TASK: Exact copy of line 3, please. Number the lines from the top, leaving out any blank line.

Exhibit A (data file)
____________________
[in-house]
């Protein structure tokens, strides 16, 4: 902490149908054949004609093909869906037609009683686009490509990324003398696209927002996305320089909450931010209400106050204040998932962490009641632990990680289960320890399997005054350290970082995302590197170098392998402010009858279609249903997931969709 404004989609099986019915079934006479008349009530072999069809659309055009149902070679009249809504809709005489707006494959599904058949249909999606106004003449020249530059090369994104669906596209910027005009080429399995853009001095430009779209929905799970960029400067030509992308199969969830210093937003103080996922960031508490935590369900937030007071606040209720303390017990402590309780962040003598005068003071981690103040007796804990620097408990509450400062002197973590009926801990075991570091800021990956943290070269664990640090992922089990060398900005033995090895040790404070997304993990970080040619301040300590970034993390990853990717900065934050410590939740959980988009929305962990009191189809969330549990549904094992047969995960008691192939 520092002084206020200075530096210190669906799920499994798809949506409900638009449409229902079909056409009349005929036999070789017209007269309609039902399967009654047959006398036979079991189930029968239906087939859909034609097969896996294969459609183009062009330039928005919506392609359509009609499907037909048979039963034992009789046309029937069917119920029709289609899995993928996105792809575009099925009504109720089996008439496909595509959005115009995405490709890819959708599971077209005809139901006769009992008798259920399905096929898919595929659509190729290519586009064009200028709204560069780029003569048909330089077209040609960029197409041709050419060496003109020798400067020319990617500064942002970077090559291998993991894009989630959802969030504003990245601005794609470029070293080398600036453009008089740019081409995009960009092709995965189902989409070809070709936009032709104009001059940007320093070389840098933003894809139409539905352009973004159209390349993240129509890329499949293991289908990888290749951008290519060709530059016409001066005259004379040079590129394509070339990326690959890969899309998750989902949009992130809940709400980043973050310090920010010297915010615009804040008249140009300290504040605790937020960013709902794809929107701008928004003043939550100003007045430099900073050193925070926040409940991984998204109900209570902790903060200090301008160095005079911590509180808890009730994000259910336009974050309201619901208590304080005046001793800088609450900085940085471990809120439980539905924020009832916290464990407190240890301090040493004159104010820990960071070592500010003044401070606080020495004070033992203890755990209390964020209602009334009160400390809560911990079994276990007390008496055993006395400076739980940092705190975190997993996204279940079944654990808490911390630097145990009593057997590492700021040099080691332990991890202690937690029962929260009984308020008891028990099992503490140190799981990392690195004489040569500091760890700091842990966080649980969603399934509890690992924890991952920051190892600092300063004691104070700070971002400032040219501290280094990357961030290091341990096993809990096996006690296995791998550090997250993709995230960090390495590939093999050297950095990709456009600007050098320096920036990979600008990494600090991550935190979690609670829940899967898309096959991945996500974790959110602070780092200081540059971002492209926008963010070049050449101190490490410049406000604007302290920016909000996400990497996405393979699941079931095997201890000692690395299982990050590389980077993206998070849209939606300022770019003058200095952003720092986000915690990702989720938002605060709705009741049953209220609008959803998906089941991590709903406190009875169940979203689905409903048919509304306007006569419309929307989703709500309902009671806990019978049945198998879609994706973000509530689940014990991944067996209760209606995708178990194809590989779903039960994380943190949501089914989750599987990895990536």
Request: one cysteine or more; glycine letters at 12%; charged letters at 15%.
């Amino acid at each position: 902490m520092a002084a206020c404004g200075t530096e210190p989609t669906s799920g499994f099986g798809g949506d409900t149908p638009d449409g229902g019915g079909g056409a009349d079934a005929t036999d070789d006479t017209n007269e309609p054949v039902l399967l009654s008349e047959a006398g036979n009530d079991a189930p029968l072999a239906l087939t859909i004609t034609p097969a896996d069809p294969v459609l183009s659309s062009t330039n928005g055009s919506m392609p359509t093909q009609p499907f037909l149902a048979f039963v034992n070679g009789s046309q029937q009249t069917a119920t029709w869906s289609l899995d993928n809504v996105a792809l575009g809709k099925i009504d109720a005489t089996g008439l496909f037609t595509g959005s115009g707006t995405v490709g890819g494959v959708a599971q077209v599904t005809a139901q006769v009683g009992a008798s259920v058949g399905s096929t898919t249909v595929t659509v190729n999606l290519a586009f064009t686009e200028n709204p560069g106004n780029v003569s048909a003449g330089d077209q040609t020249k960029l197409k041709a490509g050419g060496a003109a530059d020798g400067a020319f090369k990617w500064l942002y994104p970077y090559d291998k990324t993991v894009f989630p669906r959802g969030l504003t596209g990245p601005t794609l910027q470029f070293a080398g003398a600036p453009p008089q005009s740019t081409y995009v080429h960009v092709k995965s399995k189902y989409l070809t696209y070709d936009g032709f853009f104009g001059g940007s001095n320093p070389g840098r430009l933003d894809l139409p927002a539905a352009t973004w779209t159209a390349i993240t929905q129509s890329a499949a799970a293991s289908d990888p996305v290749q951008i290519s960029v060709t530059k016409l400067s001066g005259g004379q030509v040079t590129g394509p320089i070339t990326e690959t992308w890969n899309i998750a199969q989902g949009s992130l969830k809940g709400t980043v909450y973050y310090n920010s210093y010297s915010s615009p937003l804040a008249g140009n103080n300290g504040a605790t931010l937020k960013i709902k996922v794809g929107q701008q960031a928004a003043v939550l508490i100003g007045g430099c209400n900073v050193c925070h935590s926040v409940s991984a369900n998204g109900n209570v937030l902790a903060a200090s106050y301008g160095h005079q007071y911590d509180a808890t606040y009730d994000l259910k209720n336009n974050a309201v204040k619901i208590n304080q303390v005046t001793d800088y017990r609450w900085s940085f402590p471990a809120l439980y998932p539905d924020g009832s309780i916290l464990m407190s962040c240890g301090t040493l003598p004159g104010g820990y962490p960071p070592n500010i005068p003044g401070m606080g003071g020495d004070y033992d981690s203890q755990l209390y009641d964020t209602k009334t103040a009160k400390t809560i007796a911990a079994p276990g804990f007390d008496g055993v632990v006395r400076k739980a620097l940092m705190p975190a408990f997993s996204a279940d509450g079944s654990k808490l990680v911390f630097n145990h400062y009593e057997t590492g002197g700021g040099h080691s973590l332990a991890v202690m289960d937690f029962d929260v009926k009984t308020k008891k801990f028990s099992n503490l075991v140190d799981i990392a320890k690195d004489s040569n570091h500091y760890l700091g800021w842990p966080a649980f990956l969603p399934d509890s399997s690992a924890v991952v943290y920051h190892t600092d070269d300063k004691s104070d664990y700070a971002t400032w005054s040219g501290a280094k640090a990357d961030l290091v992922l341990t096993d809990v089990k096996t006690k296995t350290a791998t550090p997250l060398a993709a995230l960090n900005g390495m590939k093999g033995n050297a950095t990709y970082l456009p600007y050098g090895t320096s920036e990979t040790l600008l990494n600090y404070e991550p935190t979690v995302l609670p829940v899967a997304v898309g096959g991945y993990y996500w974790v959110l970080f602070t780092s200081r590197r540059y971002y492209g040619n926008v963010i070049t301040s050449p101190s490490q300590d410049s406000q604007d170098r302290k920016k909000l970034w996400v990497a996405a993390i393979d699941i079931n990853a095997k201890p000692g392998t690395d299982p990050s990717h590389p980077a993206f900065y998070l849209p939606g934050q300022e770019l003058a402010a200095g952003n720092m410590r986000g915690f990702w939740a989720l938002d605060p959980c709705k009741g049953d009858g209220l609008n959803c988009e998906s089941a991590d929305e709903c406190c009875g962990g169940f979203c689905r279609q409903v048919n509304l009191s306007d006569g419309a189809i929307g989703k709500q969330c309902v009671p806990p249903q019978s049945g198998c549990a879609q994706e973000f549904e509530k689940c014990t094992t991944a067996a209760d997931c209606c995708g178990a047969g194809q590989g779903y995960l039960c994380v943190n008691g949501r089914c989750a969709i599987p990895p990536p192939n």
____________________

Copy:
Request: one cysteine or more; glycine letters at 12%; charged letters at 15%.